Whoah. Now this we did NOT know – did you?
‘I wanted to revisit an Eau de Cologne,’ Sophie Labbé said, while introducing her scent, ‘because originally they were drank for your health. And,’ she added, ‘it worked for the Queen of Hungary, as she managed to seduce a young prince, so it could be good for us, too!’ The original ‘unisex’ fragrance, Sophie explained she wanted her creation to echo this cocktail Cologne, and ended up calling the fragrance her ‘Moscow Mule Cologne’ to highlight this.
‘When you think of a Cologne, you think of traditional hesperidic notes such as orange, lemon, citruses, orange flower… but there are no hesperidic notes in mine.’ This we found incredible, because it really smelled as though it contained mandarin, but yet again this showed how a clever perfumer can ‘trick the nose.’ So the note she used to trick ours? ‘Ginger…’ And as soon as she said it, we could, fascinatingly, smell the fresh ginger, ‘both the heat and the cold of it,’ Sophie elaborated – a delicously juicy, fizzy juxtaposition of smells which she combined with gentian (that’s used to flavour Angostura Bitters, hence the booziness) and smelled exactly like walking into an old bookshop. The final fragrance was uplifting and comforting, familiar and new all at once.
Alexis Dadier began by explaining his approach was to use the concept of artists ‘who use collages of old things to create something new. And that’s what I wanted to do with this perfume.’ He described going to his lab and looking at traditional ingredients, but to combine them in a way that was ‘recycling’ them into a whole new smell.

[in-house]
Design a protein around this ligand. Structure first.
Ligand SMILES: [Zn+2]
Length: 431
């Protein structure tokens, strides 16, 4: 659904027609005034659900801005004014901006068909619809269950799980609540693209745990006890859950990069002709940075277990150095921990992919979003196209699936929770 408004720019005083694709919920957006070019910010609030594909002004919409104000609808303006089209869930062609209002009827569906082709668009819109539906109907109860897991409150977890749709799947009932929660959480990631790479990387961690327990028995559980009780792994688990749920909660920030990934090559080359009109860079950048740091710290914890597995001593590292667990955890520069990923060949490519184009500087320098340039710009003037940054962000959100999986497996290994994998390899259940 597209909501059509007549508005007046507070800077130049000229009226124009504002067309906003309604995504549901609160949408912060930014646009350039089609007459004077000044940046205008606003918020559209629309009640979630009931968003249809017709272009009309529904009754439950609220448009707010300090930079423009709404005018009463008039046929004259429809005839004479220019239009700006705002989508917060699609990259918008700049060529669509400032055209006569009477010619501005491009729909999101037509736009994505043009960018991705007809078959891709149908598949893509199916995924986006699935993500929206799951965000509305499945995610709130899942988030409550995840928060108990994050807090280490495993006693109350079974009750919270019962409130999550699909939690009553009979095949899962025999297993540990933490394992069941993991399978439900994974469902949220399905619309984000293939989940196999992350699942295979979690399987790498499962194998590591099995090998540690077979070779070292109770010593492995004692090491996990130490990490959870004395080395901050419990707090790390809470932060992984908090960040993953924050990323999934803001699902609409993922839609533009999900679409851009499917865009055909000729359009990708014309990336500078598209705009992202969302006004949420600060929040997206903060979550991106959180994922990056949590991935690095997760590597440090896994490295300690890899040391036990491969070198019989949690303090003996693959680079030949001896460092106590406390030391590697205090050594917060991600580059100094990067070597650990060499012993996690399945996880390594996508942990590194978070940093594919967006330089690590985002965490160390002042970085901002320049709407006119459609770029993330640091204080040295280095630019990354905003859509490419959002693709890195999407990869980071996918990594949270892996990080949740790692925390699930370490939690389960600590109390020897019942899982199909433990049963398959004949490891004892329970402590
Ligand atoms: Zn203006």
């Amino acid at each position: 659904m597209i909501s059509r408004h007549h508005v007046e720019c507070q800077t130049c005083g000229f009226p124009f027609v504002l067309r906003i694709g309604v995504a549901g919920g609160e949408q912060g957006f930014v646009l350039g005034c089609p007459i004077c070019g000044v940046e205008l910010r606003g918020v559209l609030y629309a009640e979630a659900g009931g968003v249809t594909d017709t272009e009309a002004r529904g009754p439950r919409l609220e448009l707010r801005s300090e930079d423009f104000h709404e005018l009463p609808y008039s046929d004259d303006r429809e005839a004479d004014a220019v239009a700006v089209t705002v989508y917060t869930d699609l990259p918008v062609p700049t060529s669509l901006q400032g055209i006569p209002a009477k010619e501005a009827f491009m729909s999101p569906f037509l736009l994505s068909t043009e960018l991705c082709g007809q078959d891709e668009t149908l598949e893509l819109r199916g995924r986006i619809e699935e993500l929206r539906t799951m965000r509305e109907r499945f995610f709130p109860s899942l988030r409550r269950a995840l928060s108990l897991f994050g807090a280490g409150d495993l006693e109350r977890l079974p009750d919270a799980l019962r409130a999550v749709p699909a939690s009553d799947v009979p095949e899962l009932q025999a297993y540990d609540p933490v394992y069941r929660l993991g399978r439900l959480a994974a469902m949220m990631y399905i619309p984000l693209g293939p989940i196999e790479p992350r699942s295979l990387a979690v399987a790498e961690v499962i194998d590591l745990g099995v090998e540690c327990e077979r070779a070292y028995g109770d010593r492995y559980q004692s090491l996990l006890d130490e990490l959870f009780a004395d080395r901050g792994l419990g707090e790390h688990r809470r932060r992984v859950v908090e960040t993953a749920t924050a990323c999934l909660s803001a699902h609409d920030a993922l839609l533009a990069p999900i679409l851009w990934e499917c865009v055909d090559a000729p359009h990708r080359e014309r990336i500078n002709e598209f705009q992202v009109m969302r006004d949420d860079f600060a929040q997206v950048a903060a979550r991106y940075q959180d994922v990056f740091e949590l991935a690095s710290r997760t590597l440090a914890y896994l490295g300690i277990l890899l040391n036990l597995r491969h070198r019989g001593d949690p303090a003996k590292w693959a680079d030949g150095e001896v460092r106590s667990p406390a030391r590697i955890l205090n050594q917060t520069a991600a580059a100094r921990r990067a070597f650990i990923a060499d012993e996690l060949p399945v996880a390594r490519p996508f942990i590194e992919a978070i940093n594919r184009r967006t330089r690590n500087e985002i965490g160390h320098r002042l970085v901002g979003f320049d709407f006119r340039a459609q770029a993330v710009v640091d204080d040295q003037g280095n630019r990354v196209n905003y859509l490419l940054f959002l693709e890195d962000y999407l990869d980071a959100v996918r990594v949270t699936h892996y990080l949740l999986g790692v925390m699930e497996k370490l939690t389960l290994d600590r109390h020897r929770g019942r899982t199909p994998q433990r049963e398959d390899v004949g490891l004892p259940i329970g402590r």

At first he used an almond milk accord – which smelled exactly like hot milk, in fact, we all agreed. His second accord was green matcha tea ‘which is addictive but subtle, kind of salty…’ The next accord was hemp – a very traditional smell, but which we might now associate with a teenager’s bedroom. ‘Very bitter and araomatic, for me it has a nature that’s very vivid.’ An historic Fougere accord was made, and when combined with the other three accords, Alexis calls the scent ‘Rasta Vegan Milk. Something that’s addictive but good for your body!’ We didn’t know if we wanted to spray it on ourselves or eat it, so he defintely succeeded.
We staggered from the room at the final bell, noses having been tantalised, minds having been blown – but not before sharing a canapé and a drink or two with the Perfume Society readers who’d won a place, and were pinching themselves at their good fortune.
Certainly this was another day to be filled with wonder at the art of perfumers, and the skill of those who harvest and create their raw ingredients. The most frequently repeated word throughout the room? ‘Wow!’ And wowed we definitely were.
Wish you’d been there? Well now IFF are making a limited number (only 300!) of the Speed Smelling fragrances available for you to purchase.
From April in Europe they’ll be at shop.auparfum.com, the fabulous gift shop of the Grand Musée du Parfum, and also from luckyscent.com
And you can be sure we’ll be buying one for our archive…!
Written by Suzy Nightingale